At one end of the fried-egg spectrum you have sunny-side up, cooked so hot and fast in oil that the bottom gets crisp and the white bubbles up furiously. At the other end is the butter-basted fried egg. This method demands lazy tenderness and returns the favor. The name tells you everything, doesn’t it? The pan can’t be too hot or you’ll burn the butter. You can’t move too quickly or you risk breaking the yolk. The just-right territory is medium heat, a nonstick pan, a wide spoon for basting, and a gentle hand.
You don’t make butter-based eggs for a brunch crowd: This is the kind of breakfast you treat yourself to on a lazy Sunday, alone in the house, floating between the newspaper and the coffee pot, still in your jammies. Or the kind you make with extra tenderness for someone else.
To do it, sizzle a generous curl of butter — about a tablespoon per egg — in the pan until it goes foamy, then crack in the eggs. The whites will quickly start to set, and when they do, tilt the pan just far enough so that butter puddles at the edge. Use your spoon to dribble butter over the eggs continuously, until the whites are just set. By this time, the butter will have browned and started to give off that toasty, nutty smell, also known as the best smell in the world.
Toast is never really optional when eggs are on the menu, but these eggs, in all their buttery goodness, absolutely demand it. You can toast an English muffin (or what-have-you) right in the still-buttery skillet. Of course, you don’t need toast. You could serve them over a bowl of grits for instance, or over thick yogurt or wilted greens, where the yolk and the brown butter can pool together. (On second thought, you definitely need bread for swiping through the yogurt or scooping up the greens.)
Butter-basted eggs is not just a recipe, either. It’s a loose format perfect for riffing on: The relatively slow heat lets you flavor the butter with whatever strikes your mood: Add a couple of smashed capers (or anchovies!) to the butter and finish with a squeeze of lemon, if you like. Thinly sliced garlic is another nice addition. So are pinches of mustard and cumin seeds, or smoked paprika, or chile flakes.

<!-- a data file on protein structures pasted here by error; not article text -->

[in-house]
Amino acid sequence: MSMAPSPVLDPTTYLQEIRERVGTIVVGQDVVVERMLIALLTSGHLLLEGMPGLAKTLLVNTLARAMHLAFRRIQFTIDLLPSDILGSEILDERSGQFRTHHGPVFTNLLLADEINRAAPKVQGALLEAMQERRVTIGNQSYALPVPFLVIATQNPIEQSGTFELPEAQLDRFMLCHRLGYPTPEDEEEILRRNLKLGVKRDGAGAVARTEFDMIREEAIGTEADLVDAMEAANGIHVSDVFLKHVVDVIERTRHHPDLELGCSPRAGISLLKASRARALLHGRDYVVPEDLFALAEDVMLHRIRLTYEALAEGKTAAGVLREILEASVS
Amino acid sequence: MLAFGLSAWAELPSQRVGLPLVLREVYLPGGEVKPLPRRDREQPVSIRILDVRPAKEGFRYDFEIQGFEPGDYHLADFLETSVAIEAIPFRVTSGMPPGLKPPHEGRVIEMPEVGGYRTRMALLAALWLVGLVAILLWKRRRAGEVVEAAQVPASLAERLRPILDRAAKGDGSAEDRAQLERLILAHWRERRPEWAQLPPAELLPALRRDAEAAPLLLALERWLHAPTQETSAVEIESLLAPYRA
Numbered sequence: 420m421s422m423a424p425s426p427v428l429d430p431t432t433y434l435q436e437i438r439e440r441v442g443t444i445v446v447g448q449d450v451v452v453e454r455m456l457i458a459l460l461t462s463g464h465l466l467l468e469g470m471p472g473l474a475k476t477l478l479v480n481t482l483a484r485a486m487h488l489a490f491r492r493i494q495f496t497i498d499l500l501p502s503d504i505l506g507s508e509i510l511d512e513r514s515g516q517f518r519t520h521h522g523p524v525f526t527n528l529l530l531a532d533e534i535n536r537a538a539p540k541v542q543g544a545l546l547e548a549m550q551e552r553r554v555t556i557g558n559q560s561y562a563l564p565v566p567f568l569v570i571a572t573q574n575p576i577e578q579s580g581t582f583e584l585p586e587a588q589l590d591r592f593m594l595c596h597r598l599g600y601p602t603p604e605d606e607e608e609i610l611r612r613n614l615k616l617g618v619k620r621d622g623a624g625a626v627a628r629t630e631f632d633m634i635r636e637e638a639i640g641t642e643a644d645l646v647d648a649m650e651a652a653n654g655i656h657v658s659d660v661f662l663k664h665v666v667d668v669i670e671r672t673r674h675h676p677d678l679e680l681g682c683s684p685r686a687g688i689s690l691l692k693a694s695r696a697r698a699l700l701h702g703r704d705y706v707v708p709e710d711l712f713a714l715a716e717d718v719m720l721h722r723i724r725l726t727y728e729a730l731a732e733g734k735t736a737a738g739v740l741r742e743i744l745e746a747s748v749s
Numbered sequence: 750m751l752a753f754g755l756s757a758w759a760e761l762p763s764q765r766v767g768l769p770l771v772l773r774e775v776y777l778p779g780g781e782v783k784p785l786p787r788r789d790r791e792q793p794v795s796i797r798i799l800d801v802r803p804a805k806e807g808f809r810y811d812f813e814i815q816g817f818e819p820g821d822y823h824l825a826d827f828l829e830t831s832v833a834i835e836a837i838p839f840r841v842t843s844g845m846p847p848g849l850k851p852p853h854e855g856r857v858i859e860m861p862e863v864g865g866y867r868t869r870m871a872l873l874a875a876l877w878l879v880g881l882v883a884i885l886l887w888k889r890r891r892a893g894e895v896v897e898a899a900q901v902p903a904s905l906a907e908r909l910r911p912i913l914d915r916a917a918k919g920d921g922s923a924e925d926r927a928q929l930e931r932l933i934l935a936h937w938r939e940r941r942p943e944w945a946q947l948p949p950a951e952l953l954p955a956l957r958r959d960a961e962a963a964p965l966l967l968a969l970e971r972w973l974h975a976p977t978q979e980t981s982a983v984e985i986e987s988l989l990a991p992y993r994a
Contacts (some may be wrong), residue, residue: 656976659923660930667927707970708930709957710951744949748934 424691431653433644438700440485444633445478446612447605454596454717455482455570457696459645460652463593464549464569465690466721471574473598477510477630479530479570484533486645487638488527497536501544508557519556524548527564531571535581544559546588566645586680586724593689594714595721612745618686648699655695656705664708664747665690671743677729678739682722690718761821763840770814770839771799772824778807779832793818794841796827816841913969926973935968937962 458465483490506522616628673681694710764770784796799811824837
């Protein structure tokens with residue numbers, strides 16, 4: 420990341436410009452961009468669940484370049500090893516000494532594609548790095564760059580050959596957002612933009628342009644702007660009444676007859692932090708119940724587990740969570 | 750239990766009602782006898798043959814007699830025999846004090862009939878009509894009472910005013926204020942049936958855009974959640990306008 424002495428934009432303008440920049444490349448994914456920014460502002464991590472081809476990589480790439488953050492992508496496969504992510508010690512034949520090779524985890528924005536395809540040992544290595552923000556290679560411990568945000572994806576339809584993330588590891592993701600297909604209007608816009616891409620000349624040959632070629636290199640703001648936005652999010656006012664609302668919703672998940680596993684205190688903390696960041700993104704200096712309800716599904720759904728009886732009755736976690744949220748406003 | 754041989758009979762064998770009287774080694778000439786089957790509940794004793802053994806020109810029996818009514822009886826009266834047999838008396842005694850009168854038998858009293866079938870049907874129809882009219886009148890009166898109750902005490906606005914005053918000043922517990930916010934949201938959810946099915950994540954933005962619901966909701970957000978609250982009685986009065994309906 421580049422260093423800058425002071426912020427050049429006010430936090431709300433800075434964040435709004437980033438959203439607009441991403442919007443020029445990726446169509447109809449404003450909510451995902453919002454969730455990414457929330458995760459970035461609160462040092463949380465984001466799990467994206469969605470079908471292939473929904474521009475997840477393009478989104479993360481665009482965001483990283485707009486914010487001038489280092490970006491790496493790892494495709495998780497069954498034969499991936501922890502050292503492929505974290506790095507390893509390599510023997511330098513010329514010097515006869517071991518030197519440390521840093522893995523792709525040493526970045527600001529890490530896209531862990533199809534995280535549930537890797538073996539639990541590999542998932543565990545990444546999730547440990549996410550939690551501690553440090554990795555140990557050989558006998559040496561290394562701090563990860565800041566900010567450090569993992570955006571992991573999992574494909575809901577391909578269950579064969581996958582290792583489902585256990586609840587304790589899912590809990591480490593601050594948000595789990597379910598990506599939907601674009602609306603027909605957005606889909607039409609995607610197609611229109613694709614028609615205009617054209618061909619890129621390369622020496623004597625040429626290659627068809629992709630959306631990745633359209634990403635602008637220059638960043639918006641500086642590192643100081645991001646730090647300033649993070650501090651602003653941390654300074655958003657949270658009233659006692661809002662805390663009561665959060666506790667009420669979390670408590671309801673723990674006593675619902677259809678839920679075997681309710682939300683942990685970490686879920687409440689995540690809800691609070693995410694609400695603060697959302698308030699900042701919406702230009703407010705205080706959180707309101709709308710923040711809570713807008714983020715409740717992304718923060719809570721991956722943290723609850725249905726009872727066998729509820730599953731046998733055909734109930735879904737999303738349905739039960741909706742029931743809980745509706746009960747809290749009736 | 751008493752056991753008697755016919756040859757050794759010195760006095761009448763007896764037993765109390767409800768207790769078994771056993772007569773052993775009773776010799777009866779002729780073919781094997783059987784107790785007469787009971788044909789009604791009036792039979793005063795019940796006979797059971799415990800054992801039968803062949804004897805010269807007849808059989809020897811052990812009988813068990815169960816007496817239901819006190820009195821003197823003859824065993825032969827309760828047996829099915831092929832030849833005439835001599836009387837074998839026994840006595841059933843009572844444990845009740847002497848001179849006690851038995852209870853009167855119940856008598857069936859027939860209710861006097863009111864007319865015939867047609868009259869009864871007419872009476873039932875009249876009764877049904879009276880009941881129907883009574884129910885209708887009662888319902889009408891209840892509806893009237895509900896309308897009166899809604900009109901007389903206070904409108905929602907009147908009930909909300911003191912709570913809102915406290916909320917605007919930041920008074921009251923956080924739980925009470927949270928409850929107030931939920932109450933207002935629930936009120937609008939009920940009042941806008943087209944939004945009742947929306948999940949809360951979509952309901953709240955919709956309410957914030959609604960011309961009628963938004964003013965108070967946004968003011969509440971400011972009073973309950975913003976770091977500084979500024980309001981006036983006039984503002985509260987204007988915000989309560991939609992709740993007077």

- 2 tablespoons
Freshly ground black pepper and/or red pepper flakes
Melt 2 tablespoons unsalted butter in a medium nonstick or cast iron skillet over medium heat. When it foams, add 2 eggs. As the eggs cook, carefully tilt the pan toward you so that the butter puddles towards the edge, then use a spoon to baste the hot butter over the egg whites (avoid the egg yolks unless you like a firmer, more set egg—in which case, spoon butter over the yolk too). Baste until no jiggly white remains, 2 to 3 minutes.
Use a spatula to transfer the eggs to a plate, leaving the butter behind. Season the eggs with pinches of salt, pepper, and/or red pepper flakes. Place the pan back on the stove over medium heat and continue to cook the butter until it becomes deeply golden and nutty-smelling, about 2 minutes more. Pour the browned butter over the eggs.
If desired, toast sliced bread or halved English muffins in the still-buttery pan until golden and crisp-edged, then serve alongside the eggs.
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